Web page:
A report by research firm Canalys revealed that over 31 billion records were compromised from a variety of data breaches throughout 2020, with an average of 101 million of those lost to victims. This represents an increase in compromised data of 171% from 2019 alone, and makes up more than half of the average of total records lost over the past 15 years combined. A variety of factors have merged to contribute to this final sum, including the work from home shift in response to the COVID-19 pandemic and the surge in ransomware attacks seen over the past year.
More Records Compromised in 2020 Than Most Previous Years Combined
2020 saw a huge surge in both the number of breaches seen and in the amount of data that was compromised in these, which Canalysis noted occurred in spite of a modest increase in cybersecurity spending. However, the firm also pointed out that this growth in security investment was dwarfed in most corporate budgets by more immediate spends. These include items like webcams, new software applications and other upfront purchases that were desperately needed when the pandemic began, but may have obfuscated equally pressing needs in cyber resilience.
85% of Data Breaches Involved Human Element
A similar report by Verizon adds onto some of Canalysis’s findings, and may reinforce their hypothesis on the lack of cybersecurity focus as this study found that most (85%) data breaches included a human element, and 80% were only uncovered by an outside party. This speaks to a level of complacency, ignorance, distraction or any combination of the three that prevented many of the victims from discovering the intrusions that compromised their data. The factors introduced by the COVID-19 pandemic certainly contributed to producing these in many cases as unprepared businesses became overwhelmed by changes in practice, environment and revenue stream.
Healthcare, Finance, Big Tech and More Targeted by Ransomware
The Verizon report also dug into how certain trends impacted global regions more specifically, such as how North America typically sees many more financially motivated attacks against targets in a variety of industries. Many of the latter see a mix of both internal human error and external intrusion attempts that vary in frequency according to their specific sector. Financial services and insurance firms suffer from examples of each, while retail is continuously beset by cybercriminals seeking payment information, which the Canalys study also highlights as having been especially affected by a greater ecommerce shift.
No matter the industry or the cause, it is most often sensitive data that is the biggest target for businesses and organizations in the US, likely following Verizon’s findings as the common trend between the diversity of data sets is the ability to monetize it. The method most widely deployed today to achieve this is to encrypt these files with ransomware, as has been seen in the string of attacks from late 2020 into 2021 affecting a range of companies and institutions.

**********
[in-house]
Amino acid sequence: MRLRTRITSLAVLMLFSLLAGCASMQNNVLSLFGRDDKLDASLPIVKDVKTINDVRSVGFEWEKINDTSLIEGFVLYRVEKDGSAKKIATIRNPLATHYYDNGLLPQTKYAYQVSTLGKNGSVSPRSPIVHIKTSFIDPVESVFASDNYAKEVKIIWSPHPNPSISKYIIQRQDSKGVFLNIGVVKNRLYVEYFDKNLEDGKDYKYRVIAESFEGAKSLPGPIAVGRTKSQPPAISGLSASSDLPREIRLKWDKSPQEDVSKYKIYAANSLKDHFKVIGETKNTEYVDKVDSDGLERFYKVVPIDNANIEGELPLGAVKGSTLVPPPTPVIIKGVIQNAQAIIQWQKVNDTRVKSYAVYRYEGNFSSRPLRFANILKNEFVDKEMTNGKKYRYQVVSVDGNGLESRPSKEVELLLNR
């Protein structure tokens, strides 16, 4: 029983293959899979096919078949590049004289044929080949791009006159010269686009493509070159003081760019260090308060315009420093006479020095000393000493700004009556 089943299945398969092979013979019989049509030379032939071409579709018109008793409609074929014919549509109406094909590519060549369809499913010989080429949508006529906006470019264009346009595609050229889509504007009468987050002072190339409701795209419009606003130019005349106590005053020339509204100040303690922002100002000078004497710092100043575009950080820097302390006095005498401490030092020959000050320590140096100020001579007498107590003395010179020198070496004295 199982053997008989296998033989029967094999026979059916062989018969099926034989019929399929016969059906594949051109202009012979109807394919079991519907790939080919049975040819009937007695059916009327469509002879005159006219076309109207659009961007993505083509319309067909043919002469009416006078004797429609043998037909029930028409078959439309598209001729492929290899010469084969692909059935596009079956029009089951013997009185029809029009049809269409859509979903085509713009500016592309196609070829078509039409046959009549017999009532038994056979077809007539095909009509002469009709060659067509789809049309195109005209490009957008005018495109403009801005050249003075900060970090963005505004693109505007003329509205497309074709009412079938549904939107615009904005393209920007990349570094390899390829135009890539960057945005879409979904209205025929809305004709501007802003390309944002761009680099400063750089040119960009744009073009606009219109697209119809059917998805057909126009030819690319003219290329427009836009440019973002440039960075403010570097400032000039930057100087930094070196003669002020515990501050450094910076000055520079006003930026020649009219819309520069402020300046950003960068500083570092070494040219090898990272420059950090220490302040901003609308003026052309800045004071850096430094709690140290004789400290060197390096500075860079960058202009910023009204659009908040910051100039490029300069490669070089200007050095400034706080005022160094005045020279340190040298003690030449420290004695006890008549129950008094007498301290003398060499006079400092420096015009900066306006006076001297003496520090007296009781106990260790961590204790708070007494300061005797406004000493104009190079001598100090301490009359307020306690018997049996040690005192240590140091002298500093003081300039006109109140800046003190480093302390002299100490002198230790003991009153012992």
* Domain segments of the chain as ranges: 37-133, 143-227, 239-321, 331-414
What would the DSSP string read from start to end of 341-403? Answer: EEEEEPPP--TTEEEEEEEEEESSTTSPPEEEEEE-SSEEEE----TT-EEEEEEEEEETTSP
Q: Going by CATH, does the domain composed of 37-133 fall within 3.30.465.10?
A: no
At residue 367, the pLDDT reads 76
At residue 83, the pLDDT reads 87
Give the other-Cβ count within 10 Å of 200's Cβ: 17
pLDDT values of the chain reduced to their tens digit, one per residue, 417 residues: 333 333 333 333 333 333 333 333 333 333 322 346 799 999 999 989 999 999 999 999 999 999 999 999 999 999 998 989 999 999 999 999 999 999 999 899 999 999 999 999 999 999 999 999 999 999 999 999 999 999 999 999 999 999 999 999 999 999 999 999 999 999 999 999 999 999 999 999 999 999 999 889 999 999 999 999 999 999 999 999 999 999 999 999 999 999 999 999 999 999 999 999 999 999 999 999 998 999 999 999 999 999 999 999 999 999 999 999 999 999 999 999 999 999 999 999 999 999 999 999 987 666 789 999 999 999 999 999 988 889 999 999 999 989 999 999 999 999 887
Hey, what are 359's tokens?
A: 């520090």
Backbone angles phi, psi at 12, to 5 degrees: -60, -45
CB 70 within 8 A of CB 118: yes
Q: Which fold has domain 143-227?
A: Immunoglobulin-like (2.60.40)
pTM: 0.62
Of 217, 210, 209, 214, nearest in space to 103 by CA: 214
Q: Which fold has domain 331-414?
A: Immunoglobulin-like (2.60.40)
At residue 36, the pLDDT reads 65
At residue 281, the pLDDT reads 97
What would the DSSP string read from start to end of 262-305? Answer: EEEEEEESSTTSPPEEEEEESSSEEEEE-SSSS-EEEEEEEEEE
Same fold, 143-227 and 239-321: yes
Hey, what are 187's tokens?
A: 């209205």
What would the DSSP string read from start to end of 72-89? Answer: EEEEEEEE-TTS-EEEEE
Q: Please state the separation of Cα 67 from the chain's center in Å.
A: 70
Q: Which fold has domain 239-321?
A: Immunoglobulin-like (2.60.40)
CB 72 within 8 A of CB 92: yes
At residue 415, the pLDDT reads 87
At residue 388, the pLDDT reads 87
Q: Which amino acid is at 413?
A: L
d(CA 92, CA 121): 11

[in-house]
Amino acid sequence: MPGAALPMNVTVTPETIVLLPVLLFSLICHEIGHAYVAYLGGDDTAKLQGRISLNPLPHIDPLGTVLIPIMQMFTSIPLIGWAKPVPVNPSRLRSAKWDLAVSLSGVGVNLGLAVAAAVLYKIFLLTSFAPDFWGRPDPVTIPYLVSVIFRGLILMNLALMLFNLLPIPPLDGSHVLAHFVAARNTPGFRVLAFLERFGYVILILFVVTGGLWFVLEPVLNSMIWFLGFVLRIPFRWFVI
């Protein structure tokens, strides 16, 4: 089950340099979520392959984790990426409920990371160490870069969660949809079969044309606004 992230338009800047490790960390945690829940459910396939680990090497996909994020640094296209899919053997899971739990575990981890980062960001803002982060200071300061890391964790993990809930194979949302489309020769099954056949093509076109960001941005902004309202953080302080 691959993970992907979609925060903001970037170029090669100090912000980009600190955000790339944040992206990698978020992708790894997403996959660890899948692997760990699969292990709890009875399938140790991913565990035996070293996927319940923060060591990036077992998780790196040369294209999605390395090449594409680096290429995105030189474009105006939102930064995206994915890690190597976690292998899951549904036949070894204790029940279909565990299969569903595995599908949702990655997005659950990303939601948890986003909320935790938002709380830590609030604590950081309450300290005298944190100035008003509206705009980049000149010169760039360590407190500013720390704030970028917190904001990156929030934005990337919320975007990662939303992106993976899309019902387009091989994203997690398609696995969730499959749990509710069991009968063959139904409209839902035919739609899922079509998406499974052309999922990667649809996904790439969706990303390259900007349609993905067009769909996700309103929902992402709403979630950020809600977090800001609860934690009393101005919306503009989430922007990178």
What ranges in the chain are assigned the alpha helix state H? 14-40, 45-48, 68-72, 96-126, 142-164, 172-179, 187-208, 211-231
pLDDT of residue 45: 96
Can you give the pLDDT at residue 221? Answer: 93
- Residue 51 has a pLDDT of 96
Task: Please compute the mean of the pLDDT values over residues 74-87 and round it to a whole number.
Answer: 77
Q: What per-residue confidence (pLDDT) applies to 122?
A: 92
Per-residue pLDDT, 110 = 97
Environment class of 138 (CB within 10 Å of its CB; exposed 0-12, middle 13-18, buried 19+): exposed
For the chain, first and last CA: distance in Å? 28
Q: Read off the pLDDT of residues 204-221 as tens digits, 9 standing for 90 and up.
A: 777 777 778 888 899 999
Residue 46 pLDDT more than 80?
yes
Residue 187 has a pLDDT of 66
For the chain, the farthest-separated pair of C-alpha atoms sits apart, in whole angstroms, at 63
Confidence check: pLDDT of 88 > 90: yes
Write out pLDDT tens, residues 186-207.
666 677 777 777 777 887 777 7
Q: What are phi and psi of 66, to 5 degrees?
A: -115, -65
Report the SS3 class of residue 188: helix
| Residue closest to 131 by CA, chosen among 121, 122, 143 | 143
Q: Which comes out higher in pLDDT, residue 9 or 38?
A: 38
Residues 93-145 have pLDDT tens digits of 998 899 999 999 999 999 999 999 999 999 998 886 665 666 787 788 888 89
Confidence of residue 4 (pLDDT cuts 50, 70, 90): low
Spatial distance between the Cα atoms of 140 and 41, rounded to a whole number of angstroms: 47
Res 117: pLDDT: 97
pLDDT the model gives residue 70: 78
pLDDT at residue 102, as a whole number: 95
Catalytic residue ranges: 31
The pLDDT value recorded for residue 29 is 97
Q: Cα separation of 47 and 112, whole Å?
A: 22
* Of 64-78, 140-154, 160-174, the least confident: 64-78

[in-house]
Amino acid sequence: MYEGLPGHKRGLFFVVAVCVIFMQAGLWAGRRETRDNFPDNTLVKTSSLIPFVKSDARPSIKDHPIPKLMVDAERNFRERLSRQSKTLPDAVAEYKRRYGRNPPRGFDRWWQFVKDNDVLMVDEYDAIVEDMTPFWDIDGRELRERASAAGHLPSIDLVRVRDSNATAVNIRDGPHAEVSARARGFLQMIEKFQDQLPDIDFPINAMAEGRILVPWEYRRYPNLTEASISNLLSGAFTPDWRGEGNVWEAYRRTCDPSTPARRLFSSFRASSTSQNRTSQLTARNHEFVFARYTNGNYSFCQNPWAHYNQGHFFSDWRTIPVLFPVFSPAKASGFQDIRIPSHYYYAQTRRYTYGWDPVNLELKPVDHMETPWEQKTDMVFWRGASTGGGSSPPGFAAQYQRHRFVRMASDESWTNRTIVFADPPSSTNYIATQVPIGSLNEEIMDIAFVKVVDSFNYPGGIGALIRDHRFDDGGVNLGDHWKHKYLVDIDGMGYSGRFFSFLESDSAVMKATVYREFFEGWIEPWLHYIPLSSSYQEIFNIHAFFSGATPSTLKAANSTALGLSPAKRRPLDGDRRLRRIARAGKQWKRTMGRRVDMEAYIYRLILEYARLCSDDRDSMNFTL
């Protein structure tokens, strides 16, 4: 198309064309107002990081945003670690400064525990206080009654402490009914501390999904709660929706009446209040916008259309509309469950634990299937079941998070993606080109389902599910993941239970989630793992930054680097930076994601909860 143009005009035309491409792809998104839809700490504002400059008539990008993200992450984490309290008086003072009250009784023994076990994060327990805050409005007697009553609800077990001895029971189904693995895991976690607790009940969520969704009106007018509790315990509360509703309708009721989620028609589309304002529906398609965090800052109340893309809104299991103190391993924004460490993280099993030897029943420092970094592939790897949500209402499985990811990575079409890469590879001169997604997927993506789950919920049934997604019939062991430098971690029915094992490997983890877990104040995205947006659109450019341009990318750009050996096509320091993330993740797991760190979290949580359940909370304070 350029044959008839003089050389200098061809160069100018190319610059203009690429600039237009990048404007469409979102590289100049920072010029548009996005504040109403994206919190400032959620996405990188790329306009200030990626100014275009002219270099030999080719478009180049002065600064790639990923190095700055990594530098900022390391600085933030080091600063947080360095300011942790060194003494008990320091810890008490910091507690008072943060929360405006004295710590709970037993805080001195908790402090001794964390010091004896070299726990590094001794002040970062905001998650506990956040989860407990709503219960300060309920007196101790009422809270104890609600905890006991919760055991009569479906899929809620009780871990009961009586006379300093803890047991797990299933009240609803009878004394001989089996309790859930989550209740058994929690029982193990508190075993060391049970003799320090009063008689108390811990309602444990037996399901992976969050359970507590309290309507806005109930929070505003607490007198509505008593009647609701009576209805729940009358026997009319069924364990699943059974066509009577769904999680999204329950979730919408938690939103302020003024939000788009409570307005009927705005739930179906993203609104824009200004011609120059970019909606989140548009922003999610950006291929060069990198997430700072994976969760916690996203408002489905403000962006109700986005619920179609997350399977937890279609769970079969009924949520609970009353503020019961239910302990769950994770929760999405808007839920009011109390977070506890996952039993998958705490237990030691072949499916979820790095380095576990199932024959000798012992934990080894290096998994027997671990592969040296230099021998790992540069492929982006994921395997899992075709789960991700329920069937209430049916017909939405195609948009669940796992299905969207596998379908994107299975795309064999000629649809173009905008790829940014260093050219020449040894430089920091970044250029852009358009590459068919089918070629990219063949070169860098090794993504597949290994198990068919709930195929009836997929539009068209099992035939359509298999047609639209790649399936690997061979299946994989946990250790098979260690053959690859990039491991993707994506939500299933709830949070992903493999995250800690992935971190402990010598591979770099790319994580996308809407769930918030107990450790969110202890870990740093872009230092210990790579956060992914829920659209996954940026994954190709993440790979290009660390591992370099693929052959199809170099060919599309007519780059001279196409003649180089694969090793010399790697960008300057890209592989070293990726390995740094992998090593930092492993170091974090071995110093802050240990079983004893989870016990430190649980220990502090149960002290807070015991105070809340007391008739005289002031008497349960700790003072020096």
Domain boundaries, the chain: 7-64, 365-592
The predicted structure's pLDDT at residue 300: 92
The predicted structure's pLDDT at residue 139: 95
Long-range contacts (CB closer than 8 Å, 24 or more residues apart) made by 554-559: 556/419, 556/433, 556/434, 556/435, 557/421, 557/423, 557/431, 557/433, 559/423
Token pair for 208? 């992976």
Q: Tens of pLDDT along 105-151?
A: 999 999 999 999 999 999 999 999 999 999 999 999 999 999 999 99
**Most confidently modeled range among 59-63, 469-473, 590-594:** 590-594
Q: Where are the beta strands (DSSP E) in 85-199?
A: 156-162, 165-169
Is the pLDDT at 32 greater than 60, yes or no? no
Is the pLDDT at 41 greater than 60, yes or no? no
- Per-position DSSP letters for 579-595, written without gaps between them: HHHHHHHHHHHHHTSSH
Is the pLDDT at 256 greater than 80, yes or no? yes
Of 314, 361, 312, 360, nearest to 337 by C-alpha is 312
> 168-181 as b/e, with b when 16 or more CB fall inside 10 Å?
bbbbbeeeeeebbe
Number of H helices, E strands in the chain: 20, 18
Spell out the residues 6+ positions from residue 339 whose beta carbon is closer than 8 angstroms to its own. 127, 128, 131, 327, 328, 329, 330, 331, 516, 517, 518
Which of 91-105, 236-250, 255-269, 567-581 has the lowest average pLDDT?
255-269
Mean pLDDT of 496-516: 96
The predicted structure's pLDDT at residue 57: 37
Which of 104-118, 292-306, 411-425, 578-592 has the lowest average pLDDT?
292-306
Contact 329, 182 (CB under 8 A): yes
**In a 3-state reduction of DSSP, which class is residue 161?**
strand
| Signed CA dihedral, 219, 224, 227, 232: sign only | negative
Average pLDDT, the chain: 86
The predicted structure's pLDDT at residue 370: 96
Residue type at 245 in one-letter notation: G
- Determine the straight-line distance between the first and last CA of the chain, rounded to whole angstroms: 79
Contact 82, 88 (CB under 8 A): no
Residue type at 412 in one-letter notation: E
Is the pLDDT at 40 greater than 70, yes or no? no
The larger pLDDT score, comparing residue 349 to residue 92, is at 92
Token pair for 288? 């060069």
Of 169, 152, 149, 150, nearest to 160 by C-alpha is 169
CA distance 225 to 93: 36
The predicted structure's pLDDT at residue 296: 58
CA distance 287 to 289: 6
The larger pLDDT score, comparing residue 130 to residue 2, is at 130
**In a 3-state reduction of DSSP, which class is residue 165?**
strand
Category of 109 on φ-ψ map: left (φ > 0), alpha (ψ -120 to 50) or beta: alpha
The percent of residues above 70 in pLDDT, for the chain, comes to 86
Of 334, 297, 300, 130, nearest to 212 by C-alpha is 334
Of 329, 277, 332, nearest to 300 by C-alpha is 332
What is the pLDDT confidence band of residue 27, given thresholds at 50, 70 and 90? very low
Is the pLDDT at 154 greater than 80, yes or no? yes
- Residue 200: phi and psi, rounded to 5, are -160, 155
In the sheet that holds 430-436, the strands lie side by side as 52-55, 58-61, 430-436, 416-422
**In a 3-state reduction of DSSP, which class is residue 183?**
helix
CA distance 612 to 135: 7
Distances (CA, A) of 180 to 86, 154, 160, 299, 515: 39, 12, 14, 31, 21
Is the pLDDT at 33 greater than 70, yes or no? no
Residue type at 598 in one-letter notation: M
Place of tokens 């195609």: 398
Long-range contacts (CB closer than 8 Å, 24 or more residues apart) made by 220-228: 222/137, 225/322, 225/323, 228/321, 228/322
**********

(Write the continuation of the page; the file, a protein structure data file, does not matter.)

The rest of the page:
Suppliers Breached, Multiple Extortions and Other Hacker Tactics
Schools, hospitals, manufacturers and even quite a few Big Tech brands have been hit by data breaches, although a curious case in the latter reveals one of many distributing evolutions of tactics being seen in this cybercrime subsector. In early Q2 2021, the infamous REvil ransomware gang posted a message on the dark web threatening Apple with the release of upcoming product schematics to competitors unless they were paid $50 million by May 1, 2021. This incident has sparked increased interest as the files were supposedly stolen from Apple’s largest manufacturer, Quanta Computer of Taiwan.
This is one of a few new cases of cybercriminals going directly after a third party vendor to hold hostage data they have access to from a much bigger customer. It also reflects a noticeable trend of escalation among cybercriminal groups focusing on ransomware, which includes other emerging techniques like reinfecting and re-extorting the same target, just to reinforce the compulsion for victims to pay. These trends likely arise from a variety of factors that have affected hacker’s ability to successfully gain a ransom, from more stringent regulations and outright sanctions against paying certain criminal groups to increased competition in a rapidly expanding dark web marketplace for malware.
The Pandemic Changed Cybersecurity in 2020
The clear focal point of the Canalys study is that the events of the COVID-19 pandemic completely (and possibly irrevocably) changed the face of cybersecurity for businesses of all sizes. One of the many disruptions 2020 brought was breaking the myth that the right organization could skate by with a limited network presence and basic security controls, as long as they were a small enough blip on the radar. The research consistently proves two points – the first that hackers do not discriminate between targets, and the second that there are many, many channels outside of your control for cybercriminals to gain access to your data, and it is only a matter of time and opportunity.
The cybercrime ecosystem continues to grow exponentially and with each new cyber breach personal information is proliferated across the dark web, changing hands between malicious actors across the entire world. There is no escaping the interconnectivity of modern networks, either, with your employees’ personal devices contributing to a shadow IT infrastructure integrated with your business systems. All it takes for hackers is to find the right combination of credentials for sale (or to steal from other thieves) and begin trying to socially engineer or brute force their way past your minimum layer of protections to capture admin control over your data and applications.
Secure Your Data in 2021, and Prepare Better for 2022
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